Southern Brooklyn

Streets Paved With Good Intentions Won’t Solve The Pothole Predicament

Source: _chrisUK/Flickr

BETWEEN THE LINES: Since the snow and ice evaporated, most drivers probably assumed maneuvering along city streets would be trouble-free. But now they have to deal with another aggravating upshot generated by this year’s severe weather — a plague of potholes. They’re not nearly as harsh as the 10 plagues God smite on the Egyptians in Exodus, but the proliferation of gaps and fissures in the pavement are, nonetheless, plentiful and problematical.

Under ordinary conditions the city’s roads are rough enough, but after two months of wicked weather and frigid temperatures, those thoroughfares have taken a licking and keep on cracking, creating one final winter souvenir — an obstacle course that scars our streets. Drivers who don’t avoid those fissures typically experience unnerving jolts or, worse, costly vehicle damage.

The only roads likely to be worse than our pothole-peppered streets may be those pitted with bomb craters in war-torn Afghanistan.

A recent Daily News article noted that a study, conducted before this winter, by TRIP, a non-profit transportation research group, found that it annually costs city drivers an average of $2,300 to repair damage to suspensions, rims, fenders and frames — frequently requiring front-end alignments — as well as blown tires. That figure excludes medical costs for potential chiropractic treatment after sustaining a severe jarring from a large crack.

The same article noted that AAA New York reported over 10,000 flat tire calls in January, largely due to potholes.

Whenever seasonal changes involve a series of freeze-thaw cycles, potholes materialize ahead of crocuses, natural greenery and April showers. When motorists spot or hit potholes they are urged to call 311 with the location. However, due to the excess of potholes citywide, unless it’s exceptionally large, don’t expect a prompt response.

And don’t think the plethora of potholes diminishes as winter fades. April showers not only bring May flowers, but also tend to aggravate fragile pavement following a wet winter and exposure to plenty of road salt.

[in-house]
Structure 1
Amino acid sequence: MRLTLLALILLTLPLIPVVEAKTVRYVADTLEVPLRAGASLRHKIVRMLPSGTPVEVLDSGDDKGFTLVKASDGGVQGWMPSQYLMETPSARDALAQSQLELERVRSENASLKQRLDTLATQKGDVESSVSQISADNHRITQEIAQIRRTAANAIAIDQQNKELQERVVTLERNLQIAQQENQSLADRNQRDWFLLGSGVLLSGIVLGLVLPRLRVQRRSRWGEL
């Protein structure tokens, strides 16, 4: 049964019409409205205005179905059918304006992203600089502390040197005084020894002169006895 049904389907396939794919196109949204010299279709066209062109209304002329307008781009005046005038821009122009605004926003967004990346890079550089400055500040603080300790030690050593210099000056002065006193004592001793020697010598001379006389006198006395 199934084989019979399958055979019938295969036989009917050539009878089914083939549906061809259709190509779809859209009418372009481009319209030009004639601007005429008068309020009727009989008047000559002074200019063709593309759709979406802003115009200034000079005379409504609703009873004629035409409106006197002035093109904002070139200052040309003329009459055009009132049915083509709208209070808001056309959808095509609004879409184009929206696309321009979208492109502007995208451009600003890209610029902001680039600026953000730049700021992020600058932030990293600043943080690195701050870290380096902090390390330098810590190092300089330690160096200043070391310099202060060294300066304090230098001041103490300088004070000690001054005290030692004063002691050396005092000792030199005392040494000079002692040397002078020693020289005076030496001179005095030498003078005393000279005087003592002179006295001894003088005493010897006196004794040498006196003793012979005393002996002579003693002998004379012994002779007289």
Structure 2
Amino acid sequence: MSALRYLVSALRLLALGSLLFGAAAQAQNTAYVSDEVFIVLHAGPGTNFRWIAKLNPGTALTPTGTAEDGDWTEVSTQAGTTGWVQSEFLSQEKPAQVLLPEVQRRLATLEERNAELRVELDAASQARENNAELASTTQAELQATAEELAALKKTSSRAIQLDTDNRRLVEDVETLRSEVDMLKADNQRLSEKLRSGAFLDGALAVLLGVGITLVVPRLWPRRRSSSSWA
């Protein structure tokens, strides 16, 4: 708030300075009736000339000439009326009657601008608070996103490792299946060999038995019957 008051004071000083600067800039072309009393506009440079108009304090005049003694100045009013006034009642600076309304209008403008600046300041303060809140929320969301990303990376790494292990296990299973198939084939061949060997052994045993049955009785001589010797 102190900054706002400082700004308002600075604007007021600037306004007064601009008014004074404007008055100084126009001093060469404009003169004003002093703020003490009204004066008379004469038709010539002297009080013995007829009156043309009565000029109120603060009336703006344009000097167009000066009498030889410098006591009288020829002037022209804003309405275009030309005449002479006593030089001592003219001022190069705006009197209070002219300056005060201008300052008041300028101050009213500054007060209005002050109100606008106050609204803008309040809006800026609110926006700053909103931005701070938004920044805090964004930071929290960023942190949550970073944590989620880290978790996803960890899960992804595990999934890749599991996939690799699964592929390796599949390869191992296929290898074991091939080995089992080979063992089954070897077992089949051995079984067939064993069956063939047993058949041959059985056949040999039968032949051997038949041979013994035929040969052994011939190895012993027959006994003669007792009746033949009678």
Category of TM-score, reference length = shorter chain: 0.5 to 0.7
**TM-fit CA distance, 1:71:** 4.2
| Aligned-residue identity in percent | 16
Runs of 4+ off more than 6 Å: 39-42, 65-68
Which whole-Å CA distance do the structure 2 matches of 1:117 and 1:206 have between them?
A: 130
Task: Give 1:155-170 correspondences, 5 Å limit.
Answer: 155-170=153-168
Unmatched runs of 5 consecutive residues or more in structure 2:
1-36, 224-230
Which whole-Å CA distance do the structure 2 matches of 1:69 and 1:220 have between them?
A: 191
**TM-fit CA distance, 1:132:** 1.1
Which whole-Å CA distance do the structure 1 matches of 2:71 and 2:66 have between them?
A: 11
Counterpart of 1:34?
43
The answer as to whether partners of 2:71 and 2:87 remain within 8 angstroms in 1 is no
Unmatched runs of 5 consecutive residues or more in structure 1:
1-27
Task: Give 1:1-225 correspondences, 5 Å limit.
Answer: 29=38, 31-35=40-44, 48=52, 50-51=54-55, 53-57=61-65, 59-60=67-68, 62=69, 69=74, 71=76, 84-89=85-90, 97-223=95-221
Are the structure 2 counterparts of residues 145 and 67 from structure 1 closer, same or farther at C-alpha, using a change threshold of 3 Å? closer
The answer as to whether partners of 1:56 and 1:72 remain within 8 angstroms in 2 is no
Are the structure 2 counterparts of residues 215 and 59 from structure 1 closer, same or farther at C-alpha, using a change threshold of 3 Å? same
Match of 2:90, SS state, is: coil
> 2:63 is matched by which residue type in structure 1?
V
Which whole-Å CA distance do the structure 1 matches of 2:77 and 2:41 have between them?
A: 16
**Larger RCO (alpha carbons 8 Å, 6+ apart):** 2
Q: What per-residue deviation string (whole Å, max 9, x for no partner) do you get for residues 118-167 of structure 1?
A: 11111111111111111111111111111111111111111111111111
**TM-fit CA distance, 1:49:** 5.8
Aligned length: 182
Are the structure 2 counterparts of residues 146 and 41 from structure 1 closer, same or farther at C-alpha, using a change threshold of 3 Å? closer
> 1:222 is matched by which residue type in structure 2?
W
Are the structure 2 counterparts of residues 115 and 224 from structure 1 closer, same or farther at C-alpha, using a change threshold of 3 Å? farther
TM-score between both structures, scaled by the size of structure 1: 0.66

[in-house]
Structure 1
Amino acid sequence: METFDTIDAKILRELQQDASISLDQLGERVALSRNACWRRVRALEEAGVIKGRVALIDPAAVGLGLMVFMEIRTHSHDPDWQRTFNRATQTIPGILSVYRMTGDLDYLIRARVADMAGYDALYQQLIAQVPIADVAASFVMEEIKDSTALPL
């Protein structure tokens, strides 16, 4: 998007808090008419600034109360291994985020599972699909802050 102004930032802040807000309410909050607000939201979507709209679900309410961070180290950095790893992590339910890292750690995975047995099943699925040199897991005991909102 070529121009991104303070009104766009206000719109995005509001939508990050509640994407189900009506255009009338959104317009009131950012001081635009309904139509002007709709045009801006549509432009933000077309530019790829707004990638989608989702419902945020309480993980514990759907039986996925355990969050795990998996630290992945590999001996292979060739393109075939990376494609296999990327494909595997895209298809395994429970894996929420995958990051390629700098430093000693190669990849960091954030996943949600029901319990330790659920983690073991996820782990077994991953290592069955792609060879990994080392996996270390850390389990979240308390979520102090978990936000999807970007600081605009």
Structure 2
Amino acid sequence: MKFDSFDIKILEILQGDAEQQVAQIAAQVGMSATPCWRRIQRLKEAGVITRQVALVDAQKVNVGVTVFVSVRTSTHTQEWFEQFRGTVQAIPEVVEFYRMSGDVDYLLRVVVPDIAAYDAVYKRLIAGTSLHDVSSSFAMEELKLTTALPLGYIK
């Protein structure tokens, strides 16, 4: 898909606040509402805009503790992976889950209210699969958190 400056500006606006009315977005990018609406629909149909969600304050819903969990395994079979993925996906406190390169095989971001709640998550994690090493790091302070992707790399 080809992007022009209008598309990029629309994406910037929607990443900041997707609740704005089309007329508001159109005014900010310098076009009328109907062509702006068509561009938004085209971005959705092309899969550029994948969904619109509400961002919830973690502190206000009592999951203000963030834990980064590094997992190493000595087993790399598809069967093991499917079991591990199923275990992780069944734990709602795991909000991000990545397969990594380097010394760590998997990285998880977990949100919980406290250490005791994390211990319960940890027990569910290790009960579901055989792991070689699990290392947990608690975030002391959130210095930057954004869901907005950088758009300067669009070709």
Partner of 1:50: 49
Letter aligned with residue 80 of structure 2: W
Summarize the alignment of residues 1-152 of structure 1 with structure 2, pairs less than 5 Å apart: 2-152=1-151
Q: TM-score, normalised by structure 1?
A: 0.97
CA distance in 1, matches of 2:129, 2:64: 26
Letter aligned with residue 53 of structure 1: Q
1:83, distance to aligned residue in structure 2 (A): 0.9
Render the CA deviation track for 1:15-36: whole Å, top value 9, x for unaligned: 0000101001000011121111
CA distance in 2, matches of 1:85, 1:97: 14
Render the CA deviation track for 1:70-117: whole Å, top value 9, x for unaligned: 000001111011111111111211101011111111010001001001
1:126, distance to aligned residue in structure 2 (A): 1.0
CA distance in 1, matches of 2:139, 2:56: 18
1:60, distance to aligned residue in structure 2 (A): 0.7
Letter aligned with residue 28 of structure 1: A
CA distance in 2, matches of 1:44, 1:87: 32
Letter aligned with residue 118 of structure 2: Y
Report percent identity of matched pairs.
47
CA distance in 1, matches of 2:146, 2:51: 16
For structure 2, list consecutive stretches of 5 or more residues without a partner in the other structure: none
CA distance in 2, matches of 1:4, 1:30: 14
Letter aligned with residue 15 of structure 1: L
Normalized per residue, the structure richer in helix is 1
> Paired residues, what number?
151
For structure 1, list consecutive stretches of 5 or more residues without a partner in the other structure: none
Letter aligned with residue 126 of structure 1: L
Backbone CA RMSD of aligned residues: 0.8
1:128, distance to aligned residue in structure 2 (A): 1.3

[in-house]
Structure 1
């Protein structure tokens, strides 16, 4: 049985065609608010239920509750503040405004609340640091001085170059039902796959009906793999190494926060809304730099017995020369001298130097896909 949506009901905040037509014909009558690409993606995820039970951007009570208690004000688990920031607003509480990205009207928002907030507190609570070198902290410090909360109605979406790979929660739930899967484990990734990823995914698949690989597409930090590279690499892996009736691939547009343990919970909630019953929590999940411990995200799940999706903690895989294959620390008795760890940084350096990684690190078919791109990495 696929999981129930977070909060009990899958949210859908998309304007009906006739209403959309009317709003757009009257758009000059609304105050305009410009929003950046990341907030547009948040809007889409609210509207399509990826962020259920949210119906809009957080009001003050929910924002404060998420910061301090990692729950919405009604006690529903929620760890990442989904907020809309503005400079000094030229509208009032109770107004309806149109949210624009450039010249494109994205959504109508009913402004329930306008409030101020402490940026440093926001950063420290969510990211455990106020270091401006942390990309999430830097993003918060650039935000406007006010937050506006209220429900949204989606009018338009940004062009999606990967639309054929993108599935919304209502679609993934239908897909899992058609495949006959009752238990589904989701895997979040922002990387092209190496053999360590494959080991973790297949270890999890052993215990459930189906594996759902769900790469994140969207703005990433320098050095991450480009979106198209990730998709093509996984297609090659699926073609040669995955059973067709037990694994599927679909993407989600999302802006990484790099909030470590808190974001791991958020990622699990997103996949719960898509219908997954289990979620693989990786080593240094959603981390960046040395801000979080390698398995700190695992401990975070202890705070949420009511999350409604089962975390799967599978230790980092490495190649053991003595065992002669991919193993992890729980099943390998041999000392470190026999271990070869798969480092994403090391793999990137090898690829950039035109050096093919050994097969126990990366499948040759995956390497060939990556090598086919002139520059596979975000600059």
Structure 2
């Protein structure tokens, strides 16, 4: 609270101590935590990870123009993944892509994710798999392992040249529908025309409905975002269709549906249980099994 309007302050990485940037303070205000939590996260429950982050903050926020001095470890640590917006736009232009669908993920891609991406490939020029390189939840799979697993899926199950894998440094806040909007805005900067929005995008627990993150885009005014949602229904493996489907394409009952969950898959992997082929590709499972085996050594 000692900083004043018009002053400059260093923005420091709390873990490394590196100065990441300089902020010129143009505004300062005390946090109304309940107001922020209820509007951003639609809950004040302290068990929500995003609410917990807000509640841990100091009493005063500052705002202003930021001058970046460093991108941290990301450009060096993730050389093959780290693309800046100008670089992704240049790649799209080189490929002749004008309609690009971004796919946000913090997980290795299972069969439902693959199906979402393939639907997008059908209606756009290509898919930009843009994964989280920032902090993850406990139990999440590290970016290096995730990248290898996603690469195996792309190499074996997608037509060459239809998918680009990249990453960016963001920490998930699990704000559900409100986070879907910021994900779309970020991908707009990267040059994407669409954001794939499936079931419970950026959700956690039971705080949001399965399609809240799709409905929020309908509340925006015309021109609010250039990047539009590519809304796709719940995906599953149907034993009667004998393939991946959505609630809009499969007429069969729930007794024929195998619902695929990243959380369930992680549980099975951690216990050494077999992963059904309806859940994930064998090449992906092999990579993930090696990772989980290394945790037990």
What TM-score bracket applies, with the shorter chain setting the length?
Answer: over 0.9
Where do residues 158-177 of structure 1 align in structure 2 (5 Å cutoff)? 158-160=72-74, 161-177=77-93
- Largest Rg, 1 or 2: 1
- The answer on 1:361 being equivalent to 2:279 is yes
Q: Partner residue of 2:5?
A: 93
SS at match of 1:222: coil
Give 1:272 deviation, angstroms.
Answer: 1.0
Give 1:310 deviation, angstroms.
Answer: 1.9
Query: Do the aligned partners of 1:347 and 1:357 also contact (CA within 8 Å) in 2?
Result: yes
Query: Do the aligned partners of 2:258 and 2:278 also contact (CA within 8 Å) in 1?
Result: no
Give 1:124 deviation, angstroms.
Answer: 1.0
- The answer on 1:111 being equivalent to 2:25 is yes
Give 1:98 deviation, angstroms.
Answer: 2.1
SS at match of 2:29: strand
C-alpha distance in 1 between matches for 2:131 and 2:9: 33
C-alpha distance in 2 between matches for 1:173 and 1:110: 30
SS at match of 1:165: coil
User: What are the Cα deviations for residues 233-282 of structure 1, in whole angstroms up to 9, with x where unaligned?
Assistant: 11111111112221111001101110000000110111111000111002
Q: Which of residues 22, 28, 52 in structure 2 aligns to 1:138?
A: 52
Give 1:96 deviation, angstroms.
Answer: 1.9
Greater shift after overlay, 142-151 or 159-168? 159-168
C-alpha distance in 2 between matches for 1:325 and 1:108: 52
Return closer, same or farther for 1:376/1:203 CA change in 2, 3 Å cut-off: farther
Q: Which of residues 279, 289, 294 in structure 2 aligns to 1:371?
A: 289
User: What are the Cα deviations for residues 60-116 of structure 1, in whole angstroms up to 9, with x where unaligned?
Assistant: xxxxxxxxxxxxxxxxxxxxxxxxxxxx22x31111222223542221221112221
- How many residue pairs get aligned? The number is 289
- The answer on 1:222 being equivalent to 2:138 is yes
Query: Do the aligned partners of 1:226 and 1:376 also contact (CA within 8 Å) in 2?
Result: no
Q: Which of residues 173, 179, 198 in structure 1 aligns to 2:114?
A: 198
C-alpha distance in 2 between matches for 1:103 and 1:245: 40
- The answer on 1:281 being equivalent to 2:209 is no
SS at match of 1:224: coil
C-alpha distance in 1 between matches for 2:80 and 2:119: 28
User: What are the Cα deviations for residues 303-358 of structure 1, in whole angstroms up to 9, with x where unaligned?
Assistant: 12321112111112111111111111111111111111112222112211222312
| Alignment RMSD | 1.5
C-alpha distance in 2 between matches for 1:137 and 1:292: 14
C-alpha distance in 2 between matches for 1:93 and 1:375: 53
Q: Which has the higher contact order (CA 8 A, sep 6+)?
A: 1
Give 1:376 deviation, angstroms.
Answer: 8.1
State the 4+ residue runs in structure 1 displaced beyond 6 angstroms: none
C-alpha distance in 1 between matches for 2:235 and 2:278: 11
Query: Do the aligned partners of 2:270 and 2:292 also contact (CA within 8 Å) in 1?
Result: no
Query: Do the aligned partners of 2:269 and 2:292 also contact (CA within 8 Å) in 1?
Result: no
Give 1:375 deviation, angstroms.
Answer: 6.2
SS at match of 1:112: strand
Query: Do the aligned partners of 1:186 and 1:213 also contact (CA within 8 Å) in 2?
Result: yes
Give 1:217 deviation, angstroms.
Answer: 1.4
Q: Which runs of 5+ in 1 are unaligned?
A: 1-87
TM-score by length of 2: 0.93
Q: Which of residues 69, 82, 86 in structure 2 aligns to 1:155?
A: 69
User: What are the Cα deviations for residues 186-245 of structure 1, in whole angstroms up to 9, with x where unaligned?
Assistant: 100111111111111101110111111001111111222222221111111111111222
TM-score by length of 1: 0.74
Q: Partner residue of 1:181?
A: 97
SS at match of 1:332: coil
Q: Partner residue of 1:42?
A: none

In a random drive around my neighborhood — bordered by Nostrand Avenue, Knapp Street, Avenue Z and Avenue X — to find out how holey local streets measured up, I counted more than 30 potholes. None of them were particularly big, but more than a few were large enough to shake and rattle my four-door sedan.

Asphalt concrete is the material of choice for heavily trafficked streets and roads, like those in New York City and other urban areas that has been widely used since the 1920s. With all the technological advances made since then, you’d think some bright civil engineer would have come up with a cost-effective plan to alter or improve road paving materials with a durable and indestructible substance for our frail roads and streets.

Whether its enhanced ingredients or something cooked up in a laboratory, a sturdier, more durable mix is required to offset the annual pothole predicament.

Patching potholes also leaves loose gravel that may be propelled and strike passing vehicles windshields and pedestrians. Our roadways need to be properly paved, not constantly re-patched, because no sooner is there another bout of rough weather than more potholes turn up — or down in this case — sometimes undoing previous repairs.

It certainly would be a drawn-out, financially-restrictive project to resurface every stretch of road, but when a planned resurfacing project does take place it should be repaired with a substance capable of holding up under the rigors of weather extremes common to our region.

Instead of posing for a blatant photo-op to fill a single pothole, as Mayor Bill de Blasio did three weeks ago, he should seek advice from Department of Transportation officials and engineers to develop a strategy to ensure the city’s heavily-traveled infrastructure is less vulnerable to Mother Nature’s wrath.

There’s little one can do to protect against hitting a pothole, especially after nightfall, when drivers may not see one until it’s too late. In any case, motorists should exercise caution, stay alert and remind themselves that potholes are out there.

The city claims to be doing its best to keep up with the recurring pothole problem, but no matter how you look at it, New York is a hole of a town. The DOT recently reported that it had filled more than 140,000 potholes, the largest number, to that point, since 2010. By now, I’m sure that number has increased and should continue to climb.

The pothole situation will likely afflict us for months, as spring rains further damage fragile pavements. No matter how much overtime road crews accumulate, it’s going to take months before our roads are sufficiently patched. And, as we’ve see year after year, band-aid patchwork is only a temporary remedy.

The road to hell may be paved with good intentions, but the perilous streets of New York are paved with shoddy materials that spawn a pockmarked roadscape.

Neil S. Friedman is a veteran reporter and photographer, and spent 15 years as an editor for a Brooklyn weekly newspaper. He also did public relations work for Showtime, The Rolling Stones and Michael Jackson. Friedman contributes a weekly column called “Between the Lines” on life, culture and politics in Sheepshead Bay.